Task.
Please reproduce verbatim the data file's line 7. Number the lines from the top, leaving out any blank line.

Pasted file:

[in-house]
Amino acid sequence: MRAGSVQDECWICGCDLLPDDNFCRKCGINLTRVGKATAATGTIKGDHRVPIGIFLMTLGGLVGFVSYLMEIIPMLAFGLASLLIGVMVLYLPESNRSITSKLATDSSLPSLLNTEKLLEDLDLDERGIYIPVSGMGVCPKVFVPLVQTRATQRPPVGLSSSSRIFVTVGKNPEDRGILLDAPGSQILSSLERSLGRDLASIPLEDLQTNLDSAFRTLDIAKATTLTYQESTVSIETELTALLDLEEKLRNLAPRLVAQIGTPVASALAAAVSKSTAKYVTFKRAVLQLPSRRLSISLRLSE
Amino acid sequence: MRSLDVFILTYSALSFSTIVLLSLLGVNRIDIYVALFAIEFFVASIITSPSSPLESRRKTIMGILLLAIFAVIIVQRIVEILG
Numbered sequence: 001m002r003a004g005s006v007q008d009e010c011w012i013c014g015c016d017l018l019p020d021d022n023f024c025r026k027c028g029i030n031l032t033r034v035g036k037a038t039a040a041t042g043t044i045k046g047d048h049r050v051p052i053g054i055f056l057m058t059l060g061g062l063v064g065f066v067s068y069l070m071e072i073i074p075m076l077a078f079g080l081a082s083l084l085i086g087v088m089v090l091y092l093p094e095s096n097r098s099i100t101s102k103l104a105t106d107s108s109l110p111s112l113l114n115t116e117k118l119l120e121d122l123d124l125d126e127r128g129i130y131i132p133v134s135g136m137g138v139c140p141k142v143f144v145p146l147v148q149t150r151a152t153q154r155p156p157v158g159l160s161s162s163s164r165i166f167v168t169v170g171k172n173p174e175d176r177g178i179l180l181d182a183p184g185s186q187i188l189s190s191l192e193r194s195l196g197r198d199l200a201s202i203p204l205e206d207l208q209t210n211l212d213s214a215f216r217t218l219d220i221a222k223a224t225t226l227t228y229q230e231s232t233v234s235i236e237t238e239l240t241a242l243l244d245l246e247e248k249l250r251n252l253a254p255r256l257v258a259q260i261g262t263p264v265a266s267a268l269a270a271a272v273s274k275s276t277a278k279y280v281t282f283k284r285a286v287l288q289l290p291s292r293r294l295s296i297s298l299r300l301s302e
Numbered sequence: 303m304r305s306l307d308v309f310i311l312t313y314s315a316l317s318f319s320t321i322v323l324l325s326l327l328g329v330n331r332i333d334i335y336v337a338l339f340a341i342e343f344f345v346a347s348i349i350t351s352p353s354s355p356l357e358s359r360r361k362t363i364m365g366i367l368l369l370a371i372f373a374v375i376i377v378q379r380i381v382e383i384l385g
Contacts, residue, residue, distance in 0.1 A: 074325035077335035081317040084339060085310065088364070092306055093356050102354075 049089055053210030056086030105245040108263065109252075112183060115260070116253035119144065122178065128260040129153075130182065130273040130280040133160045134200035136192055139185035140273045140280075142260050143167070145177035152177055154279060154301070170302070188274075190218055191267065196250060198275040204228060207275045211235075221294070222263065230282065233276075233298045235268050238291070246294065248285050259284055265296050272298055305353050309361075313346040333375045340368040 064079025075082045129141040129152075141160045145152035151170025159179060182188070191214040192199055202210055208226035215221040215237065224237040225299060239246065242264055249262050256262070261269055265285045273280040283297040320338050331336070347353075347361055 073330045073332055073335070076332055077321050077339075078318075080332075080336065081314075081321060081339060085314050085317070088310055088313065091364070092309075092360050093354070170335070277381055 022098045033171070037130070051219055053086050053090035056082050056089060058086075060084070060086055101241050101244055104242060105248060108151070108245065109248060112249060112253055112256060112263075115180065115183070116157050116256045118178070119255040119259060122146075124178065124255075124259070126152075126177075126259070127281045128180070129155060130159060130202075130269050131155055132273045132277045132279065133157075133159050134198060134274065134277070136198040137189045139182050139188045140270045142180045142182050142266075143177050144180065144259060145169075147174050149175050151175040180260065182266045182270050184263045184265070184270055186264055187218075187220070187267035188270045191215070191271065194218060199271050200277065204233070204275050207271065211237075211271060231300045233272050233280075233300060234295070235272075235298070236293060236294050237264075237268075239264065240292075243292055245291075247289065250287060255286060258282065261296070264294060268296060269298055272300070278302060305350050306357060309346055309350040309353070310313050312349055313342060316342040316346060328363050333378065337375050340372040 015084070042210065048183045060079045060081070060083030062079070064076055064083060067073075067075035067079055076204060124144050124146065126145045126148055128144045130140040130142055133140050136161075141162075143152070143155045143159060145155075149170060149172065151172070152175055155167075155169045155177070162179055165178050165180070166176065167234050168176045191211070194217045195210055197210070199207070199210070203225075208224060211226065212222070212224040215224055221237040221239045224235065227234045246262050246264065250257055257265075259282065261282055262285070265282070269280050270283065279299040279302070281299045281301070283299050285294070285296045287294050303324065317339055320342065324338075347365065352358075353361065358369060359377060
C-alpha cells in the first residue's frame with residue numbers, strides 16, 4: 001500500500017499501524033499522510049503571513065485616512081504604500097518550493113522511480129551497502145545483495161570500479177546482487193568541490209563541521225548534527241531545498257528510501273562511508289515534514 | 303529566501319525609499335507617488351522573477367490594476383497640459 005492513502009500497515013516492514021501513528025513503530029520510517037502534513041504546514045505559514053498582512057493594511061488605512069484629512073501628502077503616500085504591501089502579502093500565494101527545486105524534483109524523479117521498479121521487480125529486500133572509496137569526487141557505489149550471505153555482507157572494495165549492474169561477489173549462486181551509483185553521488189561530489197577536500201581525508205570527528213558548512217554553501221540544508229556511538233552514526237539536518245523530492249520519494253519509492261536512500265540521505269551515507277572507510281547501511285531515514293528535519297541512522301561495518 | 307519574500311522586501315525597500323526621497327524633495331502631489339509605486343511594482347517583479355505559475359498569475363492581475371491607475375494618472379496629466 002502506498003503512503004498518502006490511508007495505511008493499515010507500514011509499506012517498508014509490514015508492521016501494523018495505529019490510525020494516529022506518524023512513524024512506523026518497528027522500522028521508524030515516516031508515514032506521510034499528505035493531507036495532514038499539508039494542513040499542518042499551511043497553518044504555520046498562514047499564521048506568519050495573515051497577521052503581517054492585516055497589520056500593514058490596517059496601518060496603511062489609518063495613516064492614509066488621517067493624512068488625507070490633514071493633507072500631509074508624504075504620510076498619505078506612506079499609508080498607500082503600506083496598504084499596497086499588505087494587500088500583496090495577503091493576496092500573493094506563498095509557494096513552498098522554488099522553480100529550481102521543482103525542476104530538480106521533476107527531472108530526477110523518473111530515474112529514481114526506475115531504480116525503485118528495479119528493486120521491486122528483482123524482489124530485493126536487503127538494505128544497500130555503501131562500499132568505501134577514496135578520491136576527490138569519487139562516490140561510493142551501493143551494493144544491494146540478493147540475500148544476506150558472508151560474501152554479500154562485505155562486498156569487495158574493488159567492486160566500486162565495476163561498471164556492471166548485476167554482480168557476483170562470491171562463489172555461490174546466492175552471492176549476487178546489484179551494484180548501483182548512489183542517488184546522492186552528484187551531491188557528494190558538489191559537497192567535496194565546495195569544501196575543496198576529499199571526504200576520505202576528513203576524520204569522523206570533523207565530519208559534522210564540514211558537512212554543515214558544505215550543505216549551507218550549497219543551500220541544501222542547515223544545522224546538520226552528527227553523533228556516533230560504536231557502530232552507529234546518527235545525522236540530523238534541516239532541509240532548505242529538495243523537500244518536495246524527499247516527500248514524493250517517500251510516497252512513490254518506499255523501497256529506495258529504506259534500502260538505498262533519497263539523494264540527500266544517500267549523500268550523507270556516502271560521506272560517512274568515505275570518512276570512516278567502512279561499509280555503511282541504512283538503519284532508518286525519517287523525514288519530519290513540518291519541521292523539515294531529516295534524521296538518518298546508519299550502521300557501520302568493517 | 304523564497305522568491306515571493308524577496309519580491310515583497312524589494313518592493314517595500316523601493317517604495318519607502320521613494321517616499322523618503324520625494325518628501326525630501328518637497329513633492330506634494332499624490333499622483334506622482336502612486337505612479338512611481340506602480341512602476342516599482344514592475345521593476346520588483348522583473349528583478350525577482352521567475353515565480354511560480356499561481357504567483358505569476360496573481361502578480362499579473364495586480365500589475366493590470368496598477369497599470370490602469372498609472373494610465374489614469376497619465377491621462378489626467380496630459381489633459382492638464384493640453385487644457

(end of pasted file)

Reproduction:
C-alpha cells in the first residue's frame with residue numbers, strides 16, 4: 001500500500017499501524033499522510049503571513065485616512081504604500097518550493113522511480129551497502145545483495161570500479177546482487193568541490209563541521225548534527241531545498257528510501273562511508289515534514 | 303529566501319525609499335507617488351522573477367490594476383497640459 005492513502009500497515013516492514021501513528025513503530029520510517037502534513041504546514045505559514053498582512057493594511061488605512069484629512073501628502077503616500085504591501089502579502093500565494101527545486105524534483109524523479117521498479121521487480125529486500133572509496137569526487141557505489149550471505153555482507157572494495165549492474169561477489173549462486181551509483185553521488189561530489197577536500201581525508205570527528213558548512217554553501221540544508229556511538233552514526237539536518245523530492249520519494253519509492261536512500265540521505269551515507277572507510281547501511285531515514293528535519297541512522301561495518 | 307519574500311522586501315525597500323526621497327524633495331502631489339509605486343511594482347517583479355505559475359498569475363492581475371491607475375494618472379496629466 002502506498003503512503004498518502006490511508007495505511008493499515010507500514011509499506012517498508014509490514015508492521016501494523018495505529019490510525020494516529022506518524023512513524024512506523026518497528027522500522028521508524030515516516031508515514032506521510034499528505035493531507036495532514038499539508039494542513040499542518042499551511043497553518044504555520046498562514047499564521048506568519050495573515051497577521052503581517054492585516055497589520056500593514058490596517059496601518060496603511062489609518063495613516064492614509066488621517067493624512068488625507070490633514071493633507072500631509074508624504075504620510076498619505078506612506079499609508080498607500082503600506083496598504084499596497086499588505087494587500088500583496090495577503091493576496092500573493094506563498095509557494096513552498098522554488099522553480100529550481102521543482103525542476104530538480106521533476107527531472108530526477110523518473111530515474112529514481114526506475115531504480116525503485118528495479119528493486120521491486122528483482123524482489124530485493126536487503127538494505128544497500130555503501131562500499132568505501134577514496135578520491136576527490138569519487139562516490140561510493142551501493143551494493144544491494146540478493147540475500148544476506150558472508151560474501152554479500154562485505155562486498156569487495158574493488159567492486160566500486162565495476163561498471164556492471166548485476167554482480168557476483170562470491171562463489172555461490174546466492175552471492176549476487178546489484179551494484180548501483182548512489183542517488184546522492186552528484187551531491188557528494190558538489191559537497192567535496194565546495195569544501196575543496198576529499199571526504200576520505202576528513203576524520204569522523206570533523207565530519208559534522210564540514211558537512212554543515214558544505215550543505216549551507218550549497219543551500220541544501222542547515223544545522224546538520226552528527227553523533228556516533230560504536231557502530232552507529234546518527235545525522236540530523238534541516239532541509240532548505242529538495243523537500244518536495246524527499247516527500248514524493250517517500251510516497252512513490254518506499255523501497256529506495258529504506259534500502260538505498262533519497263539523494264540527500266544517500267549523500268550523507270556516502271560521506272560517512274568515505275570518512276570512516278567502512279561499509280555503511282541504512283538503519284532508518286525519517287523525514288519530519290513540518291519541521292523539515294531529516295534524521296538518518298546508519299550502521300557501520302568493517 | 304523564497305522568491306515571493308524577496309519580491310515583497312524589494313518592493314517595500316523601493317517604495318519607502320521613494321517616499322523618503324520625494325518628501326525630501328518637497329513633492330506634494332499624490333499622483334506622482336502612486337505612479338512611481340506602480341512602476342516599482344514592475345521593476346520588483348522583473349528583478350525577482352521567475353515565480354511560480356499561481357504567483358505569476360496573481361502578480362499579473364495586480365500589475366493590470368496598477369497599470370490602469372498609472373494610465374489614469376497619465377491621462378489626467380496630459381489633459382492638464384493640453385487644457